depressor

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depressor

[di′pres·ər]
(anatomy)
A muscle that draws a part down.
(chemical engineering)
An agent that prevents or retards a chemical reaction or process.
References in periodicals archive ?
After an extensive epidemiologic investigation of an outbreak of gastric mucormycosis in an intensive care unit, Maravi-Poma et al reported that the cause had been traced to the use of wooden tongue depressors contaminated with R microsporus.
For children who cannot raise their hand or arm, lengthen the brush handle with a ruler, tongue depressor or long wooden spoon.
Our slender grasshoppers feature tongue depressor and toothpick legs that glue to the clothespin's sides.
Jim Eckman, a volunteer who's in charge of such stuff, was getting the depressors to help officials determine whether a jumper has scratched.
The buffer rivets securing the depressors onto the oil buffer body were installed wrong.
We then use the 9" (23 cm) bowl (or cardboard circle) as a template, and cut a circle using our tongue depressors as a knife.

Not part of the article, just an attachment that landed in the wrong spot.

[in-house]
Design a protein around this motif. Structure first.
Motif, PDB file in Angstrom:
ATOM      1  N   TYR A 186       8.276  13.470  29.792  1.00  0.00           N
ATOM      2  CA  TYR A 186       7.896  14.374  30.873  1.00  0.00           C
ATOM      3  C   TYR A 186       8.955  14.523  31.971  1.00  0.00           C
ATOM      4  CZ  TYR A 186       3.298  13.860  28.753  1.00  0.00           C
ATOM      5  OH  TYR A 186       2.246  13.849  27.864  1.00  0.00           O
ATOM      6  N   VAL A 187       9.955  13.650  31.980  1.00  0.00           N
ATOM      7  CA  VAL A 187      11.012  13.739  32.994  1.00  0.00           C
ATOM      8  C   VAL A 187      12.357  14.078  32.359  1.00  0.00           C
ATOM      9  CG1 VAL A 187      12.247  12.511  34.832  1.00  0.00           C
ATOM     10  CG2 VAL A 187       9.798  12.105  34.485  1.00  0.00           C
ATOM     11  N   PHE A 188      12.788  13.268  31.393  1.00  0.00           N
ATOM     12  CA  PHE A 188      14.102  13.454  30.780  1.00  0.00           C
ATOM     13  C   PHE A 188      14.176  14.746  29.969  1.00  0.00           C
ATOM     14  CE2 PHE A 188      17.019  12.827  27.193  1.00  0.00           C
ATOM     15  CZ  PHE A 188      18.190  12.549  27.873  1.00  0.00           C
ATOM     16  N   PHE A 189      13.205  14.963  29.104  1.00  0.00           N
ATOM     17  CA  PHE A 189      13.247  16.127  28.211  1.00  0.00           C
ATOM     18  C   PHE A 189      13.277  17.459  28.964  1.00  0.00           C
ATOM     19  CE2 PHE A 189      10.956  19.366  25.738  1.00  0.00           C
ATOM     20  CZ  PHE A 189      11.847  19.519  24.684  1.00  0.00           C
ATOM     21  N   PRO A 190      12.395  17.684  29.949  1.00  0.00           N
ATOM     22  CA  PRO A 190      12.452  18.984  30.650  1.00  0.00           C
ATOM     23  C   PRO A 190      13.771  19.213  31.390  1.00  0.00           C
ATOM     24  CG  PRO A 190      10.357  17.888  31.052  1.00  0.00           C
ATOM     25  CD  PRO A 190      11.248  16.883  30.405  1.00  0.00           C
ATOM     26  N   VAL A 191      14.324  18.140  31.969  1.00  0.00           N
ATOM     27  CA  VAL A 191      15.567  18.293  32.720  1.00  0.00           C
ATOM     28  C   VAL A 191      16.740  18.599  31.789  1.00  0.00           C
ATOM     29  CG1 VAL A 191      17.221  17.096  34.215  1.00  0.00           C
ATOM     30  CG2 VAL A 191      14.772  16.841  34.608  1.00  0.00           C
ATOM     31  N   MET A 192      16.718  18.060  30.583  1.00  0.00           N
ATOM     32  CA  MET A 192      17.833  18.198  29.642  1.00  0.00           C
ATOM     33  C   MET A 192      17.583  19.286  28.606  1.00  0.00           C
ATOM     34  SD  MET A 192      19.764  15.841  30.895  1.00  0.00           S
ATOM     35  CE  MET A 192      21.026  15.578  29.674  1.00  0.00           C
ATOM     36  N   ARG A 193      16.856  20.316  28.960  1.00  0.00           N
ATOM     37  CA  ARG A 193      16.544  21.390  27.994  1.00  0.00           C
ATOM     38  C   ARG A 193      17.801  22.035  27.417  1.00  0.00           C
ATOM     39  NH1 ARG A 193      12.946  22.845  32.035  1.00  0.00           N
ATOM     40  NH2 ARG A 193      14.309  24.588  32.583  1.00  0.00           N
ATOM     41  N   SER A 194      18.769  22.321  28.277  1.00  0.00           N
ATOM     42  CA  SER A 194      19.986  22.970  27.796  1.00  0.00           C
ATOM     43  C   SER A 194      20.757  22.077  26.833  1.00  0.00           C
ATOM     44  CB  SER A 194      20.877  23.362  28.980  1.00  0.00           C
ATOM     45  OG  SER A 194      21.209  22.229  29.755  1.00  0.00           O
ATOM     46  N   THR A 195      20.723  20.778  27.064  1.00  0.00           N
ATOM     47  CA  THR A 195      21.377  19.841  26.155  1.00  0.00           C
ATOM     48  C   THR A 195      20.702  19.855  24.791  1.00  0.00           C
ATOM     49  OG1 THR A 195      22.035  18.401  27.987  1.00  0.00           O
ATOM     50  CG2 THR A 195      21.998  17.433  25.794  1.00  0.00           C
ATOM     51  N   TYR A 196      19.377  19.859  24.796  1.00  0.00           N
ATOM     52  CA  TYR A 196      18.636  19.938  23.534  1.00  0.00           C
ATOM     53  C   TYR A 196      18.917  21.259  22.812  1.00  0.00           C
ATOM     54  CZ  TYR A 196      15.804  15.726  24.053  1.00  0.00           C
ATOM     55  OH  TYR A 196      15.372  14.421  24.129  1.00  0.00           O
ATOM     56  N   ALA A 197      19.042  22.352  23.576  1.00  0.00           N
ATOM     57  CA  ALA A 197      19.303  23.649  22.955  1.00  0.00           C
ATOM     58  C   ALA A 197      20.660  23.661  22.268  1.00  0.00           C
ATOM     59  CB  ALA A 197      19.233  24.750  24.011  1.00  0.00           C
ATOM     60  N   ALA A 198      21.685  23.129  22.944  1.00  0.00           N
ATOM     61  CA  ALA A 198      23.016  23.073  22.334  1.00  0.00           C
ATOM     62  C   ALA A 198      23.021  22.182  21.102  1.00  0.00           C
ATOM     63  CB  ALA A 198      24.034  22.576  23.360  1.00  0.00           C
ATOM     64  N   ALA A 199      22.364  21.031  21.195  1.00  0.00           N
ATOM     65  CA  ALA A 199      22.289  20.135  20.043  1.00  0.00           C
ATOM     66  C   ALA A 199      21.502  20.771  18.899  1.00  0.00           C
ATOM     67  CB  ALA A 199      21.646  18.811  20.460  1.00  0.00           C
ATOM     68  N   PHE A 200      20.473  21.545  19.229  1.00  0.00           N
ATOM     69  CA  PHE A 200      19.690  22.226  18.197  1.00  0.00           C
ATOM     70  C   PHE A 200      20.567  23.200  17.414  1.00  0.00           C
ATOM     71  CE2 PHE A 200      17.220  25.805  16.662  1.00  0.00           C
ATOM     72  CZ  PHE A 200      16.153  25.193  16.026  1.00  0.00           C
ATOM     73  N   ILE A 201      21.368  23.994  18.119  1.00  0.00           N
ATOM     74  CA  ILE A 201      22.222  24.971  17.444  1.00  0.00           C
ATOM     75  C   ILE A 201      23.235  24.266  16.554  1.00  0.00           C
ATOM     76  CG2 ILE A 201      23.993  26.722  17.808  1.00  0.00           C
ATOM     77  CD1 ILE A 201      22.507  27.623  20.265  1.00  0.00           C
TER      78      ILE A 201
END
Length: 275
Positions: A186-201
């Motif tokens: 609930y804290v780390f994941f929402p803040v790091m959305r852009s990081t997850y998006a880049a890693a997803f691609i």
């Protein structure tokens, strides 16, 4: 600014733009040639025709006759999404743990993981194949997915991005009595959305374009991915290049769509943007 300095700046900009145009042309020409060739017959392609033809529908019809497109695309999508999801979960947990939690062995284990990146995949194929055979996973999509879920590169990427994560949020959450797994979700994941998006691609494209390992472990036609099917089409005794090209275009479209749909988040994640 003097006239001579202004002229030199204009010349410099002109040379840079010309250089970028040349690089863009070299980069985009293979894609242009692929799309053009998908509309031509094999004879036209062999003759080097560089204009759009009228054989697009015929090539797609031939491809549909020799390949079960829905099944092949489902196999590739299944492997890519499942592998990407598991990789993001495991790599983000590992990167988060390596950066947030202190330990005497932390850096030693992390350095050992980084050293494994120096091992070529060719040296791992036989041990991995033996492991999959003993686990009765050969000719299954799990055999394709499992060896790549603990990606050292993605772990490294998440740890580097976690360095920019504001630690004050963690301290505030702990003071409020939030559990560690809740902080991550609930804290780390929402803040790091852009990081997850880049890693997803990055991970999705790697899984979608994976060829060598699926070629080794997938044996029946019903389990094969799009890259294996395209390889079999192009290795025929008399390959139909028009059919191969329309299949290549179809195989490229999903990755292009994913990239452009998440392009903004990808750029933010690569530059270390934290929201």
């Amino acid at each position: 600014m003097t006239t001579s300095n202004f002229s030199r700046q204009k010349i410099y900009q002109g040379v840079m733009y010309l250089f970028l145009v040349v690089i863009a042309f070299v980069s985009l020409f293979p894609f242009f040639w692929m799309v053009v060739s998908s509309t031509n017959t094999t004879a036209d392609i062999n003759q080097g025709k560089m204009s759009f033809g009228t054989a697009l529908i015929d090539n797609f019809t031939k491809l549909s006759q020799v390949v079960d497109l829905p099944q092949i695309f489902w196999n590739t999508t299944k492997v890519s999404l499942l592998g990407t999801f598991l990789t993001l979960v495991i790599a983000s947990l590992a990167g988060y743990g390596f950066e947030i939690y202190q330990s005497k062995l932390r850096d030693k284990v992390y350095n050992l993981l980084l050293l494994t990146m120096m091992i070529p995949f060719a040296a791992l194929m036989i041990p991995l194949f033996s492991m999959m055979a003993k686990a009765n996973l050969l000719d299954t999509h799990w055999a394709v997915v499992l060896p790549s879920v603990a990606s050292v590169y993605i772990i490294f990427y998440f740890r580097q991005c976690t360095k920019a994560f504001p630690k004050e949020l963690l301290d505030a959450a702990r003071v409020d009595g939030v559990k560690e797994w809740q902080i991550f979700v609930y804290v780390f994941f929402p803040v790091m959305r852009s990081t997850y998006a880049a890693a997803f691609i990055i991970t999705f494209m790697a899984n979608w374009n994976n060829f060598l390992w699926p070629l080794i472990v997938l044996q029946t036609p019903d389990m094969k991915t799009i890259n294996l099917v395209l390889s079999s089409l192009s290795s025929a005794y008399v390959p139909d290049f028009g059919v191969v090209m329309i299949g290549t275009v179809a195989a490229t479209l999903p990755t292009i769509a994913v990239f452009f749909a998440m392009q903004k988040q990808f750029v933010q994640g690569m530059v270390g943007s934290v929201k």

Toothpicks, tongue depressors and other small tools may be used by the students to model the dough, cut the dough, imprint textures and to press different parts of the object together.
Do you need to unload inventory or secure a few pallets of tongue depressors in a short timeframe?
Here's what we keep on hand for worst case scenarios: A good basic first aid book (read it now, because you won't have the time to do it during a real emergency); Band-Aids, bandages, gauze, gauze pads, tape, elastic and butterfly bandages, lots of aspirin (could be your best barter item), peroxide as a disinfectant, tongue depressors for finger splints, eye wash and cup, a magnifying glass, tweezers and needles for wood splinters, arm sling, cold and allergy pills and cough drops.
The small alligator and dogs shown below left use tongue depressors for legs and clothespin parts for other features.
Up to this point, speech therapists have been using therapy tools like wooden tongue depressors or plastic straws to try and teach clients the proper place to touch their tongue," said Andy May, CEO of CompleteSpeech.